"We definitely think we can charge more than terrestrial radio, and do so," said McAndrews, adding Pandora's investments in local markets have paid off and the company will continue to invest in sales, infrastructure, tools and technology to support automation.
But investors wanted to know how Pandora planned to demonstrate ROI to local advertisers, and how the company planned to convince those advertisers to transition from terrestrial to digital.
"In terms of accountability, local advertisers tend to understand their markets quite well," McAndrews said. "You add in the accountability that we have because we're digital and we believe we can absolutely compete and exceed what terrestrial radio can do in terms of pointing people directly to advertisers and promotions."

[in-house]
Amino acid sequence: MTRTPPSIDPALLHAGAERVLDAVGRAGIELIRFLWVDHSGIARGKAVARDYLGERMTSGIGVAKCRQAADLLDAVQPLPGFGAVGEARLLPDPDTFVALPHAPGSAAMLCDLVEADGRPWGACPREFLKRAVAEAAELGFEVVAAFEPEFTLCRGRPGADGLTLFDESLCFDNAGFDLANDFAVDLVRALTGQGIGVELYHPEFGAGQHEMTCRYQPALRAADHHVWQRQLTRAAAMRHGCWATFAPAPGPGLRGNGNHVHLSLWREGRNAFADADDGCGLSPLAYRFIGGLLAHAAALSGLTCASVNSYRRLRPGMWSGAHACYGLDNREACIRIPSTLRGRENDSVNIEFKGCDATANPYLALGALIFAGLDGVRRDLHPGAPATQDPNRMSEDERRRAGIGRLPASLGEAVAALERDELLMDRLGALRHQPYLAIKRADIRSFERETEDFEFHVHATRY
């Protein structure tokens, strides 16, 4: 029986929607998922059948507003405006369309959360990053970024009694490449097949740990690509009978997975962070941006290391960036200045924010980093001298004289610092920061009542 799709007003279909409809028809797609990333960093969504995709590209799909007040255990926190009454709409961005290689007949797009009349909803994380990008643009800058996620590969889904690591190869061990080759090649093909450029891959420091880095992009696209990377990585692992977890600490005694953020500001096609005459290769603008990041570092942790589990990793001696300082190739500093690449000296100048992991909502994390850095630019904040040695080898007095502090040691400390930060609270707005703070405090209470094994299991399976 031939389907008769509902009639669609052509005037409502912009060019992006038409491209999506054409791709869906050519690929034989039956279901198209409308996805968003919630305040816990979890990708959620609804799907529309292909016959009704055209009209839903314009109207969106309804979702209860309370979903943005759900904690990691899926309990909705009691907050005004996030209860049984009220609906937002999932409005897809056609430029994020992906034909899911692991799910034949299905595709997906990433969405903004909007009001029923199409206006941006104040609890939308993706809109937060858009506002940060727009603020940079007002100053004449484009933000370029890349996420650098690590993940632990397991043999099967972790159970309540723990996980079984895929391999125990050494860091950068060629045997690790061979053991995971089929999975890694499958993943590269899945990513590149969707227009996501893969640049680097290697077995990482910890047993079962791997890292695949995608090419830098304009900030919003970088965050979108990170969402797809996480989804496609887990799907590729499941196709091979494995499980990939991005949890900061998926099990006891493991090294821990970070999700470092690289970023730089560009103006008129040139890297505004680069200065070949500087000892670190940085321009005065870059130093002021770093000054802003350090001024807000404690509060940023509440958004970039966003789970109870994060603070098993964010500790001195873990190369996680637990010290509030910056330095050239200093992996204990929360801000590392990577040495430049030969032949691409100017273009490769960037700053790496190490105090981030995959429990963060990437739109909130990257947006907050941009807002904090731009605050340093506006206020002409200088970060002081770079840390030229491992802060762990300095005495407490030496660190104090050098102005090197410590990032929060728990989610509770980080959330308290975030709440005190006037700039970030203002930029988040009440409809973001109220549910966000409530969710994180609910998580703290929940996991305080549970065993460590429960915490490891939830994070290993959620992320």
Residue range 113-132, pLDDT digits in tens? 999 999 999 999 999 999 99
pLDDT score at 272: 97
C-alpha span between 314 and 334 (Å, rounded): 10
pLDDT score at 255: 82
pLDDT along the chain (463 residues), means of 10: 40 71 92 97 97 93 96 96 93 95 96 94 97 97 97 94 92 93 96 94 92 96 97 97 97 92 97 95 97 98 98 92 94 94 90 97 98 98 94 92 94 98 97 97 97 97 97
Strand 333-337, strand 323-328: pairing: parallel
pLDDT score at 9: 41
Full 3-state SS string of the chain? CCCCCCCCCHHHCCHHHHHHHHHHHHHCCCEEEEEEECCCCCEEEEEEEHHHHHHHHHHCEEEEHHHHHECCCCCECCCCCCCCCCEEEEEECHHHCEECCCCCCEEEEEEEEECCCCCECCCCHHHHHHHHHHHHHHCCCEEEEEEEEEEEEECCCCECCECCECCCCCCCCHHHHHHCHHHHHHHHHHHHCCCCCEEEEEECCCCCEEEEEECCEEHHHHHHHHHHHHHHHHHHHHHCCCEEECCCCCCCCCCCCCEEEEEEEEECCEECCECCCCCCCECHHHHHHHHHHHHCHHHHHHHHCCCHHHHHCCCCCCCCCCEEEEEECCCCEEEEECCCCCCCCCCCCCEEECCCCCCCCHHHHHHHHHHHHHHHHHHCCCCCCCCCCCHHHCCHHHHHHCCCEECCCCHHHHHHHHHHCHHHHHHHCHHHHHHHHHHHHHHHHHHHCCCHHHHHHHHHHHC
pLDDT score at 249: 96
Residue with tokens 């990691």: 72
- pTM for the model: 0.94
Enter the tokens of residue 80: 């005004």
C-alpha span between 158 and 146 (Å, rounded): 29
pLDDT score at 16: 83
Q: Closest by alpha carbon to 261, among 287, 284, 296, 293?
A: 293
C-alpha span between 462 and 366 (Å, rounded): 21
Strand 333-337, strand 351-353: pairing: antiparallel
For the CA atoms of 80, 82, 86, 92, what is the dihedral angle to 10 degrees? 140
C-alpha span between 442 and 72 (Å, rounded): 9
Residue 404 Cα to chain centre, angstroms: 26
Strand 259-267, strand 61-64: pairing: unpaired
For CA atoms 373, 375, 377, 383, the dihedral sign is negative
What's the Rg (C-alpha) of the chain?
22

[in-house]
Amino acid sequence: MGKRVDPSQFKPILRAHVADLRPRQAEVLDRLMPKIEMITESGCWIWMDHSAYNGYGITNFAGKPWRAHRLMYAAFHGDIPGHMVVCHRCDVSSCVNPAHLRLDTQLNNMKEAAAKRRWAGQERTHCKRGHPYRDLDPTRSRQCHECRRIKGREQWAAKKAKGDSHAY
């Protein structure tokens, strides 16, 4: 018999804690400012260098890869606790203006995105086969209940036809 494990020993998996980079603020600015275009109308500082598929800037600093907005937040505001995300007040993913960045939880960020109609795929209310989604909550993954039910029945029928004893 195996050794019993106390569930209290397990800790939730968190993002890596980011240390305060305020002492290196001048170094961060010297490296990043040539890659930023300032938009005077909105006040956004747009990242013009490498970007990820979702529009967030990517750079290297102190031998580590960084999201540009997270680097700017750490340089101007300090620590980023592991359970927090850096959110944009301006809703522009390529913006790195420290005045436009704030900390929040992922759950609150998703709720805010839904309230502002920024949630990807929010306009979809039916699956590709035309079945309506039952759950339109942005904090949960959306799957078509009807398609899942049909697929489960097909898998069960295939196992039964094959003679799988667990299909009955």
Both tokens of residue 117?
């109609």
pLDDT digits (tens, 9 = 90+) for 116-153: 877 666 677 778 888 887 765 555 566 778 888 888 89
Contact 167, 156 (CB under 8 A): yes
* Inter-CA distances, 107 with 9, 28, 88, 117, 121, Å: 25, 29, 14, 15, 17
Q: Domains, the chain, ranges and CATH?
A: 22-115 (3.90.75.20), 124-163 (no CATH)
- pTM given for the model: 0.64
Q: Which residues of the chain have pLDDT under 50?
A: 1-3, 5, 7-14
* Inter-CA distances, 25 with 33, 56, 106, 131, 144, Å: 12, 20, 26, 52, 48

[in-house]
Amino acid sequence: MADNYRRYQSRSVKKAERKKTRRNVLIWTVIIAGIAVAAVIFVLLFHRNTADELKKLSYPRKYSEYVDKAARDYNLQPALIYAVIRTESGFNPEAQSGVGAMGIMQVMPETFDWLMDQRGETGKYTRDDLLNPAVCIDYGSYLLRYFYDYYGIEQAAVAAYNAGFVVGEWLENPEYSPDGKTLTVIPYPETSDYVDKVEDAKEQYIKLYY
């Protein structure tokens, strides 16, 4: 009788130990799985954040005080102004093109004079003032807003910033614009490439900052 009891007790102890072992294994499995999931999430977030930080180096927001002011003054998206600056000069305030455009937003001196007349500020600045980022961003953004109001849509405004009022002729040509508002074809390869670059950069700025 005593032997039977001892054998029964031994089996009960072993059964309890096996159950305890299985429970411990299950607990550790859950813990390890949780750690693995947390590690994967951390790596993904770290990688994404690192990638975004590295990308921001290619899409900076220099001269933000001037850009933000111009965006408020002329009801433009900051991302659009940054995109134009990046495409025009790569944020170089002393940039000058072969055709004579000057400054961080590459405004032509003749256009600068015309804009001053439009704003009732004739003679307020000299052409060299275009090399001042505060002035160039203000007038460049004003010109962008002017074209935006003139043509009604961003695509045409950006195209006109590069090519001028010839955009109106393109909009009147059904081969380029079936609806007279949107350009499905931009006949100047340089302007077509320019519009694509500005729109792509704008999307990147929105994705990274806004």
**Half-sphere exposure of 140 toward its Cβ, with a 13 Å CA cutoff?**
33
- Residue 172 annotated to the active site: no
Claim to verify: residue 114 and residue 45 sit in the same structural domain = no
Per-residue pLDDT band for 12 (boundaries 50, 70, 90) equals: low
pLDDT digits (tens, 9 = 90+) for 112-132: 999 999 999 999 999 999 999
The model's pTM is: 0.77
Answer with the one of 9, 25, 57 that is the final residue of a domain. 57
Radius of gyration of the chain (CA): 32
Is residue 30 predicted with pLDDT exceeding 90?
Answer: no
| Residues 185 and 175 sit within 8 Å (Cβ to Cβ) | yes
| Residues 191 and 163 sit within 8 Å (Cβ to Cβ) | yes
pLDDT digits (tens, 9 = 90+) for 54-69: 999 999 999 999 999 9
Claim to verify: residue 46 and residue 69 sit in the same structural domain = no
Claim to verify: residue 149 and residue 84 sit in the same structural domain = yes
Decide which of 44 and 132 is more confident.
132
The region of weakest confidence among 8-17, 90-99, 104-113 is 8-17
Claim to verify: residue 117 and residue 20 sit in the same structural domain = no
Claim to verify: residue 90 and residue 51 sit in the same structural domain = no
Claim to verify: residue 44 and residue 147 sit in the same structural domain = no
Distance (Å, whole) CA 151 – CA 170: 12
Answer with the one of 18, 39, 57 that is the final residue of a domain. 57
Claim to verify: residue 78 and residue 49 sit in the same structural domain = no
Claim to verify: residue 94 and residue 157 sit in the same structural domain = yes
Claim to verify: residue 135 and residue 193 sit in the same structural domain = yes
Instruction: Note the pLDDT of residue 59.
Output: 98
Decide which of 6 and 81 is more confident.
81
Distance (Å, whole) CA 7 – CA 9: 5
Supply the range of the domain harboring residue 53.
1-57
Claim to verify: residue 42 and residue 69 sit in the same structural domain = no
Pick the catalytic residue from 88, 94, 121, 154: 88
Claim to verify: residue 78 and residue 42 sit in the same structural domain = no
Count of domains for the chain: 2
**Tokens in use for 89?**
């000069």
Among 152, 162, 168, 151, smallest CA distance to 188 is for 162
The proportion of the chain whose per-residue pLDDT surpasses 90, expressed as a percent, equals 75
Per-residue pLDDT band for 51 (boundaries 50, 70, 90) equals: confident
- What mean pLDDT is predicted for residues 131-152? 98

Despite this hopeful look forward, Pandora's immediate present wasn't as rosy.
The company's Q4 revenue of $268 million fell below analysts' $277 million projections, causing shares of the company to plummet drastically following a call with investors Thursday evening (FY 2014 revenue was $920.8 million, a 44% increase YoY). Read the press release.
Additionally, investors worried about its monthly active user growth, which increased a meager 7% in Q4.
Despite these negatives, Pandora's mobile revenue, which constitutes 78% of total revenue, jumped 43% YoY to hit $209.5 million.
Advertising revenue in Q4 spiked 36% YoY to hit $220.1 million. FY 2014 ad revenue was $732.3 million, a 40% jump YoY.
Pandora stepped up its advertising efforts in 2014 through native content in the form of brand-sponsored stations with clients like Toyota and Sonos.
Moving forward, Pandora expects revenue to dip to the $220 million-$225 million range in 2015’s first quarter. For 2015 in full, the company projects that revenues will hit the $1.14 billion to $1.17 billion range.